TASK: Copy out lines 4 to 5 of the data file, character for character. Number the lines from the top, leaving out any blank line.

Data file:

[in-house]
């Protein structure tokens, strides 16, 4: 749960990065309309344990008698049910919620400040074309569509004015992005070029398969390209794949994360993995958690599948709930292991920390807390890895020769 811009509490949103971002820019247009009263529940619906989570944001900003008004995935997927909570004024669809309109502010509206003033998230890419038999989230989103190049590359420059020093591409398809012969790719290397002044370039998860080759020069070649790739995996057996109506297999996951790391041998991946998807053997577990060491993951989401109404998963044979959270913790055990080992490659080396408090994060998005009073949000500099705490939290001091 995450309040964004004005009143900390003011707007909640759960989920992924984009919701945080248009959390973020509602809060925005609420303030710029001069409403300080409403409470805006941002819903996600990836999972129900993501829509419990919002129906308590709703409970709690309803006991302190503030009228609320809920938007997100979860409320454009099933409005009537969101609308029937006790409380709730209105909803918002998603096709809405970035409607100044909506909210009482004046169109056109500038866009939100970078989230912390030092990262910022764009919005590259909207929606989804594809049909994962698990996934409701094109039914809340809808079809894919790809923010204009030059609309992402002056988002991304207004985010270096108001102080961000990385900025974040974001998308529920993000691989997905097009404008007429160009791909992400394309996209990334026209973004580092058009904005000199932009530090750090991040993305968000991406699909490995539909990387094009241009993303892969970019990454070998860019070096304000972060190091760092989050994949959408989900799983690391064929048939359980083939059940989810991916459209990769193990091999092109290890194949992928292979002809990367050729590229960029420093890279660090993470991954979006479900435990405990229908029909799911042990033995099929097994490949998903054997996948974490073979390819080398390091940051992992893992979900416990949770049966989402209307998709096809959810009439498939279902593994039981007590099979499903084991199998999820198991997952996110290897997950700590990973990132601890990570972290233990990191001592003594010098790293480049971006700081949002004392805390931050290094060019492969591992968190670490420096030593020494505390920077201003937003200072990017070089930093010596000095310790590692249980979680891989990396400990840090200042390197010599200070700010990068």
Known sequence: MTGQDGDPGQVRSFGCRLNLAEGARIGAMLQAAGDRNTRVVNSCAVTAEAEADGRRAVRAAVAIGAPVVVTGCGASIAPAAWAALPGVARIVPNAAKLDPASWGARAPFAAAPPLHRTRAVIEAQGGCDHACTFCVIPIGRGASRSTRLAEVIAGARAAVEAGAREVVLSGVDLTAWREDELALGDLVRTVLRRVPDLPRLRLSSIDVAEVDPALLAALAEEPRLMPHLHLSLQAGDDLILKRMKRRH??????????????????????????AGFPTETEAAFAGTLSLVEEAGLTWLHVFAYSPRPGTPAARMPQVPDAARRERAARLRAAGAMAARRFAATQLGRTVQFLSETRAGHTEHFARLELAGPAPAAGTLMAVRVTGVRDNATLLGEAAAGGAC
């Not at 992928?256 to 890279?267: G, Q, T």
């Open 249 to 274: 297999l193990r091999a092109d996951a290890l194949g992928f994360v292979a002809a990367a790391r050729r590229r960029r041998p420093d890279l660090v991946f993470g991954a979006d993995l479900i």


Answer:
């Not at 992928?256 to 890279?267: G, Q, T």
């Open 249 to 274: 297999l193990r091999a092109d996951a290890l194949g992928f994360v292979a002809a990367a790391r050729r590229r960029r041998p420093d890279l660090v991946f993470g991954a979006d993995l479900i």